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ENTERTAINMENT
October 30, 2013 | By Randy Lewis
Complementary stories about widely admired country singer and songwriter Roger Miller provided a highlight of Tuesday's Writers Bloc session in Santa Monica featuring Johnny Cash biographer and longtime L.A. Times pop music critic Robert Hilburn with his guest for the evening, Kris Kristofferson. Hilburn, whose new book “Johnny Cash: The Life” was published Tuesday, told an audience of about 300 that he first met Kristofferson in 1970. It was shortly before he'd been hired full time by the newspaper, when he was pursuing an interview with Miller, who was in Los Angeles at the time.
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ENTERTAINMENT
October 30, 2013 | By Randy Lewis
Complementary stories about widely admired country singer and songwriter Roger Miller provided a highlight of Tuesday's Writers Bloc session in Santa Monica featuring Johnny Cash biographer and longtime L.A. Times pop music critic Robert Hilburn with his guest for the evening, Kris Kristofferson. Hilburn, whose new book “Johnny Cash: The Life” was published Tuesday, told an audience of about 300 that he first met Kristofferson in 1970. It was shortly before he'd been hired full time by the newspaper, when he was pursuing an interview with Miller, who was in Los Angeles at the time.
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NEWS
October 26, 1992 | PATT MORRISON, TIMES STAFF WRITER
Roger Miller, the singer-songwriter whose sometimes offbeat country songs such as "King of the Road" earned him 11 Grammys in two years and made him a favorite pop and country minstrel, died Sunday in Los Angeles. He was 56. Miller, whose best-known songs included "Dang Me," "Can't Rollerskate in a Buffalo Herd," "Chug-a-Lug" and "England Swings," died at Century City Hospital, said his manager, Stan Moress of Nashville, Tenn.
CALIFORNIA | LOCAL
October 9, 2009 | Randy Lewis
Shelby Singleton, a maverick country music mogul and talent scout who launched the careers of Roger Miller and Ray Stevens before resuscitating the fabled Sun Records label to give new life to recordings by 1950s Sun discoveries including Johnny Cash and Jerry Lee Lewis, has died. He was 77. Singleton died Wednesday in Nashville following a battle with brain cancer. He had been admitted to St. Thomas Hospital a week earlier after suffering a seizure, his longtime friend and associate Jerry Kennedy said Thursday.
ENTERTAINMENT
December 22, 1995 | ROBERT HILBURN
Roger Miller, who died in 1992 at age 56, was one of the most talented and honored songwriters of the modern pop-country era. He received 11 Grammys for such hits as "King of the Road" and "Dang Me," as well as a Tony for his songs for the Broadway musical "Big River." But Miller had a remarkably erratic career--with his best work (aside from "Big River") compressed into a three-year period in the 1960s.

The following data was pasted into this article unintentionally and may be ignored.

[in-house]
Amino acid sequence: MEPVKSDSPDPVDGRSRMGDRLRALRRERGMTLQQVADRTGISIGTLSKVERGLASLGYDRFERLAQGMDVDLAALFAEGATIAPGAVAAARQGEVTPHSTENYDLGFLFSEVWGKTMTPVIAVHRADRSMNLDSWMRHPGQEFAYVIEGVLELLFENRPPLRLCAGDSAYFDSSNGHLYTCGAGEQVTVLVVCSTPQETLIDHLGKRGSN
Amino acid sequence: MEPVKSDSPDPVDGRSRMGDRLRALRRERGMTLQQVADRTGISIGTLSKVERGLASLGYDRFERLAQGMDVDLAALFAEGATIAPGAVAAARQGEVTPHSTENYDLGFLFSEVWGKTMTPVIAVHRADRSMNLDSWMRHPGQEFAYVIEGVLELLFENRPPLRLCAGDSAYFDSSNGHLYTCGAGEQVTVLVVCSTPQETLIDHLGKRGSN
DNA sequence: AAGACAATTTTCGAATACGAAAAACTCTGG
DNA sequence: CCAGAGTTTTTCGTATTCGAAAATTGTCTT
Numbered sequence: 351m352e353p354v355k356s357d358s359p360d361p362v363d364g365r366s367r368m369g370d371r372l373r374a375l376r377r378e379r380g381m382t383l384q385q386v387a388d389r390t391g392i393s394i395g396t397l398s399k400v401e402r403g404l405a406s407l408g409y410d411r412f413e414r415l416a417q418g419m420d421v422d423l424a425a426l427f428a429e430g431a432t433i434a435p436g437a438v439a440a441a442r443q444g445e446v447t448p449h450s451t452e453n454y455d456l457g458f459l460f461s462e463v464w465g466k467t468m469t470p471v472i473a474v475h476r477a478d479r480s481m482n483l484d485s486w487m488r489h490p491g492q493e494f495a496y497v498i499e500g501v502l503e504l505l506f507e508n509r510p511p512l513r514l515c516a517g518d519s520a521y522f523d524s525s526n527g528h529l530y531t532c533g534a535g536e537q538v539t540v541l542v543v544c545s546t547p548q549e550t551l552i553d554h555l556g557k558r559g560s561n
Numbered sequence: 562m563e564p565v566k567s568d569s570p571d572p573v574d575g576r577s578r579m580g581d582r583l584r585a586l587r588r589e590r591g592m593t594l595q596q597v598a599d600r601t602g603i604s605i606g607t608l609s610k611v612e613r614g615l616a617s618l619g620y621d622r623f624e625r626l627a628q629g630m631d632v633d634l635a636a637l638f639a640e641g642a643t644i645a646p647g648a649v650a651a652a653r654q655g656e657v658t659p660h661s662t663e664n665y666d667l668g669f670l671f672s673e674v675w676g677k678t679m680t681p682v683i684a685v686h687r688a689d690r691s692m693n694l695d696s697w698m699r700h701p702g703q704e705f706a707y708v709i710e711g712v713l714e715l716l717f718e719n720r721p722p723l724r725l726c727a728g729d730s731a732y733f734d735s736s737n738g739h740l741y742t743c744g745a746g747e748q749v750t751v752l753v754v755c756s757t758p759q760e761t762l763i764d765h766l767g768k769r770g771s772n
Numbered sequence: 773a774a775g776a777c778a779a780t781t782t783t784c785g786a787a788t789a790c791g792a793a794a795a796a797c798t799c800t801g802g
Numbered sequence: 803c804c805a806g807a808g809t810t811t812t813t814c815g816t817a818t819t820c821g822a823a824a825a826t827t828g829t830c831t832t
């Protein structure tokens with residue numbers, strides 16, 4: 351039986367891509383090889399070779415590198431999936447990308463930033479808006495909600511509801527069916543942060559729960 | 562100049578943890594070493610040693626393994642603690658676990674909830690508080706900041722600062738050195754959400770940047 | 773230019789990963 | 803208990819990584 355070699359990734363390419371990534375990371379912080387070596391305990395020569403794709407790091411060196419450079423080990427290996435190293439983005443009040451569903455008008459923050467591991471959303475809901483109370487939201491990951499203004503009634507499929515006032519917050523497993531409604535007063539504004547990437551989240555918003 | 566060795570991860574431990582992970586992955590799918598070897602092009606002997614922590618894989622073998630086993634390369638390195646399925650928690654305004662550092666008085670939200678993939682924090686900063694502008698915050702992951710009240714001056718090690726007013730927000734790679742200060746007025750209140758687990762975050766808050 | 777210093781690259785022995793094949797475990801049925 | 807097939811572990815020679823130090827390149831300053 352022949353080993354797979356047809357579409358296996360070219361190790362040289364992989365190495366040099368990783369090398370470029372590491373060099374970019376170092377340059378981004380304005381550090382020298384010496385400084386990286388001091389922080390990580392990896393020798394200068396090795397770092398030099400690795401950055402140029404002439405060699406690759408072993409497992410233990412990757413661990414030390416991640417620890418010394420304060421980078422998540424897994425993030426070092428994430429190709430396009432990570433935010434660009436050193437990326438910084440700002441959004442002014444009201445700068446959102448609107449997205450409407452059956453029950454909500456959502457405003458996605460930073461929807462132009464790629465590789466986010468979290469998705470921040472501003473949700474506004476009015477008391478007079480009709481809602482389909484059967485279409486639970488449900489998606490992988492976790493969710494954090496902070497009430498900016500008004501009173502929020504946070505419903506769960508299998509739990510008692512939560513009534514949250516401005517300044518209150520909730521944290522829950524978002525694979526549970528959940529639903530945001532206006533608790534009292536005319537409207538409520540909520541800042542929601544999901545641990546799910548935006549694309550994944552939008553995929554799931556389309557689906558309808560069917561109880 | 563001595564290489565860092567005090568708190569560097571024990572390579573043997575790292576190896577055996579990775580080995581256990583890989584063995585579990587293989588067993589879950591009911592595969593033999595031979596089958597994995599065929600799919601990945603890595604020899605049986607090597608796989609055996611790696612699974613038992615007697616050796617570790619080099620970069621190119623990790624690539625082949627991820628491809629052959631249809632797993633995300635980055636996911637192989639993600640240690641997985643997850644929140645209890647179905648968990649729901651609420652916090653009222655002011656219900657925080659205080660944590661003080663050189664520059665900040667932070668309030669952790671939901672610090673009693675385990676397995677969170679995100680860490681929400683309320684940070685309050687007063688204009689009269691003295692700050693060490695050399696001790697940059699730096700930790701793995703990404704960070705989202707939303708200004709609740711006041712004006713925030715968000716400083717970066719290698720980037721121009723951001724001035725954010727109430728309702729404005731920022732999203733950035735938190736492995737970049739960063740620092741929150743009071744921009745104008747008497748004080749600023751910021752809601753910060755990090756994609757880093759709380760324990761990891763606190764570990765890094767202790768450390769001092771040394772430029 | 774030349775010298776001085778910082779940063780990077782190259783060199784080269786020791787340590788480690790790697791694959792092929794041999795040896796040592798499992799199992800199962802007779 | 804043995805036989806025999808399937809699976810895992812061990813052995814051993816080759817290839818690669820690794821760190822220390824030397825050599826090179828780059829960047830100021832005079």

BUSINESS
September 28, 1993 | DEBORA VRANA, SPECIAL TO THE TIMES
Blaming sluggish car sales and the stagnant Southern California economy, the parent company of Roger Miller Honda and Roger Miller Mitsubishi has entered Chapter 11 bankruptcy reorganization. "We just got caught in these economic times," said Bill Van Den Hurk, the car dealerships' general manager. "Our location is great, and I believe Honda has come back stronger than ever." In a bankruptcy filing Friday by parent company S&R Auto Sales Inc.
ENTERTAINMENT
January 5, 1988 | ROBERT HILBURN, Terry Atkinson
"Golden Hits." Roger Miller. Smash. Attention, trivia fans: This budget package ($10.99 in one retail chain) may just be the shortest CD ever released on a major artist. At just 22 minutes and 34 seconds, "Golden Hits" checks in with a full 16 seconds less music than "50,000,000 Elvis Fans Can't Be Wrong," widely regarded as the previous holder of this dubious distinction.
NEWS
May 2, 1994 | BILL HIGGINS, SPECIAL TO THE TIMES
If Old Hollywood ever has an official last hurrah, it probably won't be markedly different from Thursday's benefit black-tie premiere of MGM's "That's Entertainment! III" at Mann's National in Westwood. The searchlights were burning and the red carpet was rolled out for the stars who made the spectacular MGM musicals of the '30s, '40s and '50s.
NEWS
November 12, 1992 | TODD EVERETT, SPECIAL TO THE TIMES
Few pairings in Broadway history have been more inspired than that of Roger Miller and Mark Twain. The country singer/songwriter's music seems to have been drawn from traditional fiddle tunes and hymns, and his lyrics often display a literate, albeit down-home wit that fits beautifully with the 19th-Century author's rich prose. Miller supplied the songs for William Hauptman's adaptation of "The Adventures of Huckleberry Finn."